The Prevalence of Selected Modifiable Coronary Heart Disease Risk Factors in 12-Year-Old Greek Boys and Girls

in Pediatric Exercise Science
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The prevalence of 14 selected modifiable coronary heart disease (CHD) risk factors was determined in randomly selected adolescent boys (n = 117) and girls (n = 93) from provincial Greece. Based on published criteria thresholds for CHD, 45% of boys and 50% of girls exhibited three or more risk factors with time spent on “vigorous” activities, low cardiorespiratory fitness and fatness being among the most frequent in both sexes. Stronger associations were found between cardiorespiratory fitness and time spent on “vigorous” rather than “moderate-to-vigorous” activities in both boys and girls. Regression analysis indicated that energy expenditure (P < .01) in boys and energy expenditure (P < .05) and energy intake (P < .01) in girls could alone explain about 60% of the body-fat related findings in either group. Broadly based primary prevention strategies aimed at children should concentrate on reducing the overall energy intake and increasing the time spent on “vigorous” activities if future Greek adult CHD mortality is to be reduced.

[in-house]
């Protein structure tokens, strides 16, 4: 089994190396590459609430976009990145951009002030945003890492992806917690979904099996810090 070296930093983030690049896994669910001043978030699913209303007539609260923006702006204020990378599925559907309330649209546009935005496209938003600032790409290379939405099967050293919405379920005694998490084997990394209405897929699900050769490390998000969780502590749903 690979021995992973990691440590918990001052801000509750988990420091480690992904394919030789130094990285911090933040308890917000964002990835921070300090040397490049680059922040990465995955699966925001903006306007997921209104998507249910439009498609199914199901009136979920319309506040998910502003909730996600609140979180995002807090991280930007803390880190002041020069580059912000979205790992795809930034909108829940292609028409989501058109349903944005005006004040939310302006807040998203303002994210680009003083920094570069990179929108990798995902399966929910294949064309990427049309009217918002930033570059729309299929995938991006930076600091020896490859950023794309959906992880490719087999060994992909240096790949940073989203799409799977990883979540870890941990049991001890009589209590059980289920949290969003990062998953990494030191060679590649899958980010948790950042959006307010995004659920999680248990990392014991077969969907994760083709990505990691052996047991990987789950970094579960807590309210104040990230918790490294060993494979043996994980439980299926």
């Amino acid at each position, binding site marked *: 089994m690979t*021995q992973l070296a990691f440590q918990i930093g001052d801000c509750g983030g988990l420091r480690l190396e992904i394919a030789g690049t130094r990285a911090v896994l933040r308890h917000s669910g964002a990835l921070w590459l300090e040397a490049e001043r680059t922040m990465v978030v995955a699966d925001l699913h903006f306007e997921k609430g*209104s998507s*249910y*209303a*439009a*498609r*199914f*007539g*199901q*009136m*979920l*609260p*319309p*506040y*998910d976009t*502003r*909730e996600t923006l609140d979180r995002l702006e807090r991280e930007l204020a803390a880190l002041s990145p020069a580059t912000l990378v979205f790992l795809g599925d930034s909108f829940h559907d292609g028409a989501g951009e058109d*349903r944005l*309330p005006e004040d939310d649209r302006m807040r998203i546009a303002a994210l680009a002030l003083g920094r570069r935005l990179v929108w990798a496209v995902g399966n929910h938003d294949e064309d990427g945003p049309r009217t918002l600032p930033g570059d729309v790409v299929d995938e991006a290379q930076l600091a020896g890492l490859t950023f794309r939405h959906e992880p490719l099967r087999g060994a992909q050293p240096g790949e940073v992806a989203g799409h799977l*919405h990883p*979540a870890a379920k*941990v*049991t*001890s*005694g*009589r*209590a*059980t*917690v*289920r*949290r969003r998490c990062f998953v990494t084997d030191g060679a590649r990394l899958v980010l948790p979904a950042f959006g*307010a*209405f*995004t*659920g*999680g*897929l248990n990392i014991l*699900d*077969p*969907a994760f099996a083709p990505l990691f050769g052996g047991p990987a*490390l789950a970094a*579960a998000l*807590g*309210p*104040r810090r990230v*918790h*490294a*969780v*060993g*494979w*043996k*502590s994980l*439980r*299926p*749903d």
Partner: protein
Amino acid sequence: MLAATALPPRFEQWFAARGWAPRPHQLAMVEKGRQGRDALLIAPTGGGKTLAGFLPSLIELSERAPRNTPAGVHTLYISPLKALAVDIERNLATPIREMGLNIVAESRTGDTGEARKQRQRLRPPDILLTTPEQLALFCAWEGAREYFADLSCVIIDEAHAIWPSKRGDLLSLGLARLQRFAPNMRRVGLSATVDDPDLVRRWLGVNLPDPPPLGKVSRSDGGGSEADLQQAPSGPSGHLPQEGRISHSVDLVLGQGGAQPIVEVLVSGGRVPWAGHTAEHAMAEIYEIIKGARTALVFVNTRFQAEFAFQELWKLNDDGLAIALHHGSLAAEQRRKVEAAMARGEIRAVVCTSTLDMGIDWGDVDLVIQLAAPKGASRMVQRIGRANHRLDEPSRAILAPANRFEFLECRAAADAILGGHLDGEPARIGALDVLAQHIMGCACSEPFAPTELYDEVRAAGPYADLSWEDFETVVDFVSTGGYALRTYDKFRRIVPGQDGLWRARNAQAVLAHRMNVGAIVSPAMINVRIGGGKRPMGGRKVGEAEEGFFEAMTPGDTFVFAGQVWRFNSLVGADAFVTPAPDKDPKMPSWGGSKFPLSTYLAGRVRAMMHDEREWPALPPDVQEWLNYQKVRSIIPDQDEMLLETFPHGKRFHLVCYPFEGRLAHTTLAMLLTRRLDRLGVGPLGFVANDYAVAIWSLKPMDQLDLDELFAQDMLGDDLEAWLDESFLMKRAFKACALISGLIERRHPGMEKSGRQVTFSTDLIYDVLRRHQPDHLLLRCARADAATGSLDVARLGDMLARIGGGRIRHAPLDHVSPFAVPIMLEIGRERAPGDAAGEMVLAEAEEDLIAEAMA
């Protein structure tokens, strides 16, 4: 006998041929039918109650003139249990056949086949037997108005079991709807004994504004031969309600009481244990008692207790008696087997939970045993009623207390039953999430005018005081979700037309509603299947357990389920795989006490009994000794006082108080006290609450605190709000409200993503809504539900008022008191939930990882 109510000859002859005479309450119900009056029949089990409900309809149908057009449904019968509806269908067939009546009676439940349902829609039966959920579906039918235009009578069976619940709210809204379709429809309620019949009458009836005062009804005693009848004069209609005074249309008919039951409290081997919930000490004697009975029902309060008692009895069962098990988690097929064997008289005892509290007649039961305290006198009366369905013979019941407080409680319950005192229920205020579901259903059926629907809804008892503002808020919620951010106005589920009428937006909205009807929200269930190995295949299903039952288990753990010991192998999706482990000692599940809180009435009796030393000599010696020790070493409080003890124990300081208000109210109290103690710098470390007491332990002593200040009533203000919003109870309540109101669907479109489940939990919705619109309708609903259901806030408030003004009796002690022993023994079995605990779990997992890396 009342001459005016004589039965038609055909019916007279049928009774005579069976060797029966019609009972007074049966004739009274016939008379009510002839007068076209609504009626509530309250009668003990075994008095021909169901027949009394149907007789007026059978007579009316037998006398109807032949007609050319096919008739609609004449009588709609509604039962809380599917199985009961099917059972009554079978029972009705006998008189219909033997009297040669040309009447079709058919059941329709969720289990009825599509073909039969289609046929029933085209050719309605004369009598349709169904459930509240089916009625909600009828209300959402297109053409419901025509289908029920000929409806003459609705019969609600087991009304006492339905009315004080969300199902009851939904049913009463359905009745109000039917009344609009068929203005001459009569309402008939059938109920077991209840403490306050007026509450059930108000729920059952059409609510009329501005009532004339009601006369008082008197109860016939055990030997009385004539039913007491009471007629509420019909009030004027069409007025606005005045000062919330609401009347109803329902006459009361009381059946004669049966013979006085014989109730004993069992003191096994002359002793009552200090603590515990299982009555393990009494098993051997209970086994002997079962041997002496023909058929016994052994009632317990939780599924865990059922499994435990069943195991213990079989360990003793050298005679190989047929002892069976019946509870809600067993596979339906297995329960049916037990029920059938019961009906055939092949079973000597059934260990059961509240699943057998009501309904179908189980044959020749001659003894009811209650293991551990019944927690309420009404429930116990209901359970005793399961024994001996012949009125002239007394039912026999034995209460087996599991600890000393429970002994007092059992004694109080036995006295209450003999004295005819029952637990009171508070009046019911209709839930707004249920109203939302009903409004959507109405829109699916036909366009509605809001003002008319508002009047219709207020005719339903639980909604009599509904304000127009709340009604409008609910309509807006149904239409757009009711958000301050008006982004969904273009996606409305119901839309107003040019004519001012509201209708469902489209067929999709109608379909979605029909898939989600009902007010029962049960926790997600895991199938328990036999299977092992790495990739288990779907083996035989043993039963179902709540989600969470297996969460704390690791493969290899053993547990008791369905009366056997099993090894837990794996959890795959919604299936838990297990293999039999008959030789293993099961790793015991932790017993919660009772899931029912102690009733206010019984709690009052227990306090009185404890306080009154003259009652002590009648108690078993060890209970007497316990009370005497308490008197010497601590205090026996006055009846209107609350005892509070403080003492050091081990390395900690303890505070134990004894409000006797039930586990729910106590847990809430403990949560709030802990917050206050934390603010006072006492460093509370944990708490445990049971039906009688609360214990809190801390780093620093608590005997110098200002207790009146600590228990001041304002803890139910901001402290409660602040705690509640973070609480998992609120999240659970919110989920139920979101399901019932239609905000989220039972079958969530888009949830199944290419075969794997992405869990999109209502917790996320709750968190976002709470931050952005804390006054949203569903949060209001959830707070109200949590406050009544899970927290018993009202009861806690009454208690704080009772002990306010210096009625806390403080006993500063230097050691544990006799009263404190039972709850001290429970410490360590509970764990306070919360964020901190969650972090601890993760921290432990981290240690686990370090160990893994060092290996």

C. Bouziotas and R. Shiner are with the School of Health Sciences, University of Wolverhampton, WV1-1DJ, England, UK; Y. Koutedakis is with T.E.F.A.A., Thessaly University, Trikala, Greece and the School of Sport, Performing Arts and Leisure, University of Wolverhampton, UK; Y. Pananakakis is with S.E.G.A.S., Sports Medicine Center, Athens, Greece; V. Fotopoulou is at Parmenionos 10, 60100 Katerini, Greece; and S. Gara is with the National Hospital of Katerini, Greece.